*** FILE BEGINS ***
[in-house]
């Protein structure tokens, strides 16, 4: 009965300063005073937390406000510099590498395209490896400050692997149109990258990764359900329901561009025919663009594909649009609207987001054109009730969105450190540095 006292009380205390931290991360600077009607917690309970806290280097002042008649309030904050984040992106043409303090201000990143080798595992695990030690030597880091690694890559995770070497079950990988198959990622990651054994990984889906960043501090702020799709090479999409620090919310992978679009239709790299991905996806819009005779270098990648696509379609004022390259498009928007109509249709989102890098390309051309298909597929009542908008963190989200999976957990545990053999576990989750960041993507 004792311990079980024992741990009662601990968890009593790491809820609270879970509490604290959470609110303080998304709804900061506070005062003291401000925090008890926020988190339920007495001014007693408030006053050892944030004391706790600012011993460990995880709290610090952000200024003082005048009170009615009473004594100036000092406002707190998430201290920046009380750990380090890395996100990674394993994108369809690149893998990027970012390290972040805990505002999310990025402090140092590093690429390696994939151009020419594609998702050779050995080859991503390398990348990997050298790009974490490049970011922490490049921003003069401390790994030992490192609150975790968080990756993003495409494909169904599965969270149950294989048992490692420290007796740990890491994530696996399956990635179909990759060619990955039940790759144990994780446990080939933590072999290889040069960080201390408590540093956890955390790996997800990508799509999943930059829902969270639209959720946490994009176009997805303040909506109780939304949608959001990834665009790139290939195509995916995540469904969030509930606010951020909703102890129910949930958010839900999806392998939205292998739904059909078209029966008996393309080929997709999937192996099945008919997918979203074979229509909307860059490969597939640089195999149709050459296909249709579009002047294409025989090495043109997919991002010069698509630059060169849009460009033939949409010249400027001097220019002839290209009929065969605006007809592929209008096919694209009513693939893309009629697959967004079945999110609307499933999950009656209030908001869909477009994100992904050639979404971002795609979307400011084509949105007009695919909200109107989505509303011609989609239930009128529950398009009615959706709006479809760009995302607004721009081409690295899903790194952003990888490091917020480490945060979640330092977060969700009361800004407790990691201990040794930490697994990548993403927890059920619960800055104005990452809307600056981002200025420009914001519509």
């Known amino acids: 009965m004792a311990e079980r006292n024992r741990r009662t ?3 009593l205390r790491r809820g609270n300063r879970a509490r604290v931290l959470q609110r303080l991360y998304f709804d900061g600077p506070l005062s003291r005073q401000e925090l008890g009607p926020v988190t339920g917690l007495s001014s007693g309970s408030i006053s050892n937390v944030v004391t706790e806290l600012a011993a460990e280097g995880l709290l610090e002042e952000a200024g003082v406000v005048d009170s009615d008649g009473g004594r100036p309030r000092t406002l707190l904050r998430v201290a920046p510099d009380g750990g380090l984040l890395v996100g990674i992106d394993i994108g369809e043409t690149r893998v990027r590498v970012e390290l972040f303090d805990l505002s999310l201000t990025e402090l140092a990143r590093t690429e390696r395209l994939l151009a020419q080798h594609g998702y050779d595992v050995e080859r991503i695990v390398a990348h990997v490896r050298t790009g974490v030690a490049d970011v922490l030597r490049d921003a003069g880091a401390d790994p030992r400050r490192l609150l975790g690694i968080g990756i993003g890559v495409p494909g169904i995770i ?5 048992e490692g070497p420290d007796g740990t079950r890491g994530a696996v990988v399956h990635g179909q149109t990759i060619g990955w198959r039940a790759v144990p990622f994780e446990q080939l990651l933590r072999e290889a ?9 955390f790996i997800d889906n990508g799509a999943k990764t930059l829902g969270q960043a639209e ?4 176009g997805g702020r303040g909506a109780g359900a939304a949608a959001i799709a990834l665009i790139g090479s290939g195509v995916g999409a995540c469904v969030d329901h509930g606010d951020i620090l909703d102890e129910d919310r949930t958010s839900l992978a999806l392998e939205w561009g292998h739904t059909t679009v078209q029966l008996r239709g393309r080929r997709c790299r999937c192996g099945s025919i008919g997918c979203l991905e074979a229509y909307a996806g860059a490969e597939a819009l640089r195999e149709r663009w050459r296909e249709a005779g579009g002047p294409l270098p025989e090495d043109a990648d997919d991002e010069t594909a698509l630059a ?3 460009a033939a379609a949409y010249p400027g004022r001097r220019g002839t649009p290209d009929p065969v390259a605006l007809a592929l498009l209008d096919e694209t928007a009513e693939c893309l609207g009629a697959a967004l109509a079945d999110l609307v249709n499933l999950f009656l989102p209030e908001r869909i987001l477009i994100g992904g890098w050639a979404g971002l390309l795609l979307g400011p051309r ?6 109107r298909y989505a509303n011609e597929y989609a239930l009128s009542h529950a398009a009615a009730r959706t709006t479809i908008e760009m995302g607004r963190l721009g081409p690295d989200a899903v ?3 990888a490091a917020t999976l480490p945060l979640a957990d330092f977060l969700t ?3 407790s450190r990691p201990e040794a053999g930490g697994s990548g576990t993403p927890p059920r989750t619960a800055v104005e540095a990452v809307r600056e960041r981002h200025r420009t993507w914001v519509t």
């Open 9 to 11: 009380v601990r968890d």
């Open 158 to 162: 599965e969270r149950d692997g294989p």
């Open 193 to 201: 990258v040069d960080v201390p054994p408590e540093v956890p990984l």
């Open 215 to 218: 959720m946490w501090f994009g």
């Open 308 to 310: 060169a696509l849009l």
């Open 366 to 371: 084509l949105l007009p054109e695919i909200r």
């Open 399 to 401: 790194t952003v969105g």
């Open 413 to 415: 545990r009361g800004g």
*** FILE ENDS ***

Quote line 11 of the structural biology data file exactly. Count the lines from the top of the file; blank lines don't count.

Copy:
């Open 413 to 415: 545990r009361g800004g």